Turkish Journal of Gastroenterology
Original Article

Surveillance Colonoscopies of Synchronous Colorectal Cancer: What Should We Do?

1.

Gastroenterology Department, Beijing Shijitan Hospital, Capital Medical University, Beijing, China

2.

Gastroenterology Department, Beijing Friendship Hospital, Capital Medical University, Beijing, China

Turk J Gastroenterol 2023; 34: 234-241
DOI: 10.5152/tjg.2022.22056
Read: 972 Downloads: 275 Published: 01 March 2023

Background: The aim of this study is to investigate the occurrence of metachronous neoplasms at 2-year surveillance colonoscopy for synchronous colorectal cancer patients and the relative risk factors.

Methods: Synchronous colorectal cancer patients who underwent surgery or endoscopic resection for colorectal cancer between January 2008 and December 2019 were enrolled. All patients underwent surveillance colonoscopies at least twice within 2 years after operation. Univariate and multivariate analyses were conducted to assess the risk factors for the metachronous neoplasms.

Results: Totally 38 patients (male/female: 26/12) were included, with an average age of 64.6 years (±11.5 years) and a mean surveillance interval of 23.47 ± 4.39 months. In 21 of 38 patients (55.3%), metachronous adenoma was detected, including 6 metachronous advanced adenomas. Two patients were detected with metachronous carcinomas. In univariate analysis, male sex, elderly age at diagnosis, and the presence of synchronous adenomas/synchronous advanced adenoma at baseline colonoscopy were associated with the development of metachronous adenoma (P = .037, .047, .013, .039), but not associated with metachronous advanced adenoma (P = 0.455, .746, .503, .269). Patients tends to occur less metachronous advanced adenoma if index colorectal tumors were treated by endoscopic resection (P = .010), but the tendency was not discovered in metachronous adenoma (P = .289). Tumor location (with/ without rectum cancer) was not associated with the development of metachronous lesions (P = .526, .382). On multivariate analysis, the presence of synchronous adenomas at baseline colonoscopy was an independent risk factor for MA during follow-up (odds ratio = 15.0; 95% CI: 1.55-145.22).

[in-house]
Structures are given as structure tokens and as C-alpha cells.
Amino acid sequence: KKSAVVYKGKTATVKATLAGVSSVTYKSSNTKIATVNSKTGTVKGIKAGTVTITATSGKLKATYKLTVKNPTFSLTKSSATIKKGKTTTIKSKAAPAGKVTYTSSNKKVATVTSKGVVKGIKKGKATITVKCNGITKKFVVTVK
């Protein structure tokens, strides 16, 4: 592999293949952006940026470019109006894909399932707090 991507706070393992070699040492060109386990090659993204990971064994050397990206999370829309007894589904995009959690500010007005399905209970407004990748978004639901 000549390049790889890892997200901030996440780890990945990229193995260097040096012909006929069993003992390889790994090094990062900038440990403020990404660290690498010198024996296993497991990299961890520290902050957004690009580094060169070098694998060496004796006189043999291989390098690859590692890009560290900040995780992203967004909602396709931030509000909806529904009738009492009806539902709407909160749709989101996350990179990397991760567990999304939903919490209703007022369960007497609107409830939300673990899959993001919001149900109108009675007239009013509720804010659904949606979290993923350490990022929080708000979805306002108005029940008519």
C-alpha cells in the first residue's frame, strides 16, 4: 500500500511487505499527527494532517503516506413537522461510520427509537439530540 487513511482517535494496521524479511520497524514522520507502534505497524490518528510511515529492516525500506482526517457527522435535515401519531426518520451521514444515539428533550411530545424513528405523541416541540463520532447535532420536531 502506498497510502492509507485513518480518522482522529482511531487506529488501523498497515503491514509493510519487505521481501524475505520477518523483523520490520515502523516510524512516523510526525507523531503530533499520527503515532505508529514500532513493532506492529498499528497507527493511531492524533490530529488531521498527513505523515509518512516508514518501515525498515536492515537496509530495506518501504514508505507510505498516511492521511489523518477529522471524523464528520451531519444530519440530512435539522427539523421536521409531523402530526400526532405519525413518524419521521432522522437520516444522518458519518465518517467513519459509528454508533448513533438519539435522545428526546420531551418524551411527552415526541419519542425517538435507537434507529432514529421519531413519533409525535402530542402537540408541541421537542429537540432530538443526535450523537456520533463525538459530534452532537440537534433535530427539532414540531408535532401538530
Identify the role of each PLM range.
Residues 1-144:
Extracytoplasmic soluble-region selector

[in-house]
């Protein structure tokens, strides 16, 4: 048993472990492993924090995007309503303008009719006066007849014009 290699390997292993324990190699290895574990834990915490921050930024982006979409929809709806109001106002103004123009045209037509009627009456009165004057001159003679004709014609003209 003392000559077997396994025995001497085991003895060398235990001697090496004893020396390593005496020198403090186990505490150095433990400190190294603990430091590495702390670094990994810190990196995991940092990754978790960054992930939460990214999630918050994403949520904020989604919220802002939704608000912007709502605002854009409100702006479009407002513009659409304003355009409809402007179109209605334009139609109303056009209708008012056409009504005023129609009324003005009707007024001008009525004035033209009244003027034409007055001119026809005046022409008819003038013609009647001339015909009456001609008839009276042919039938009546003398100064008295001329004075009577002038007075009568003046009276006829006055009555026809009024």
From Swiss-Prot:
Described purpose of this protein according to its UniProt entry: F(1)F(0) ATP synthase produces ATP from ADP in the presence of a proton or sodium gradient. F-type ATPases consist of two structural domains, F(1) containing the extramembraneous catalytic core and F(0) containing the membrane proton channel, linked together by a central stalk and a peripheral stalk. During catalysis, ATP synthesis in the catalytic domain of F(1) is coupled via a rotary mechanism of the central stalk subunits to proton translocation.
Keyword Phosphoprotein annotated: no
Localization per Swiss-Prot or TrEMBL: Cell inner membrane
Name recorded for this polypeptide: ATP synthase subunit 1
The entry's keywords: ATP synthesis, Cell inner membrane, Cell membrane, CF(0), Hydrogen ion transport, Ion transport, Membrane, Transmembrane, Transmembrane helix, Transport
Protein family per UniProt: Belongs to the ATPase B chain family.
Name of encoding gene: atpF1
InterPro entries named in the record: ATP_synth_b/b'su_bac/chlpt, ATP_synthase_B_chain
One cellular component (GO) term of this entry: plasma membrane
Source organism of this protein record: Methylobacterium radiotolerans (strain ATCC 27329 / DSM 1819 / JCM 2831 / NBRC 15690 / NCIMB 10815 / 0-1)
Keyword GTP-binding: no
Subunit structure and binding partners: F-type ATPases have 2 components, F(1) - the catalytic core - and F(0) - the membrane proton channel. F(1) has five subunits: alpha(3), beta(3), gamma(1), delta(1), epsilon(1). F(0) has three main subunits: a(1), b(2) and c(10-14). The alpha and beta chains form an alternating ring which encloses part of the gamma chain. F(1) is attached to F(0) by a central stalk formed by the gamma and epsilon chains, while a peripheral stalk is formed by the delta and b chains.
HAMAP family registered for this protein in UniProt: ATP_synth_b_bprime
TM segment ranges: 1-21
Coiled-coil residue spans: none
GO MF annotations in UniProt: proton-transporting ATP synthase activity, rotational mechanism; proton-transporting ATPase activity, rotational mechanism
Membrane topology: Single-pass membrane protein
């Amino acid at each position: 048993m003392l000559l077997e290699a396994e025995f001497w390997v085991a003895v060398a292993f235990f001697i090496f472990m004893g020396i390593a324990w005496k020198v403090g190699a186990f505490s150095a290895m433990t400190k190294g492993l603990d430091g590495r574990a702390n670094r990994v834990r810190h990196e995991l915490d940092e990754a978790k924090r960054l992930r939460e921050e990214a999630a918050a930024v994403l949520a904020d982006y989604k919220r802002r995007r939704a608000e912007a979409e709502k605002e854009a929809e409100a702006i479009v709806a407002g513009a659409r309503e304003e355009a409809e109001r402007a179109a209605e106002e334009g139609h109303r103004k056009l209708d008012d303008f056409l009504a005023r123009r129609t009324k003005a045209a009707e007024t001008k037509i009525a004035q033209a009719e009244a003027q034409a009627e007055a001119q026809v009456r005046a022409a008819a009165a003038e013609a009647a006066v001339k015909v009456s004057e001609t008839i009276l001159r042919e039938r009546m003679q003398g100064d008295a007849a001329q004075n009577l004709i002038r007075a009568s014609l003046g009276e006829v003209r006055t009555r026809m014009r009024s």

Conclusion: For postoperative synchronous colorectal cancer patients, doctors should design individual surveillance strategies according to sex, baseline colonoscopy, and operative (or endoscopic) approach of resection.

Cite this article as: Guo C, Wu J, Wang Y, Su H, Wang C, Liu H. Surveillance colonoscopies of synchronous colorectal cancer: What should we do? Turk J Gastroenterol. 2023;34(3):234-241.

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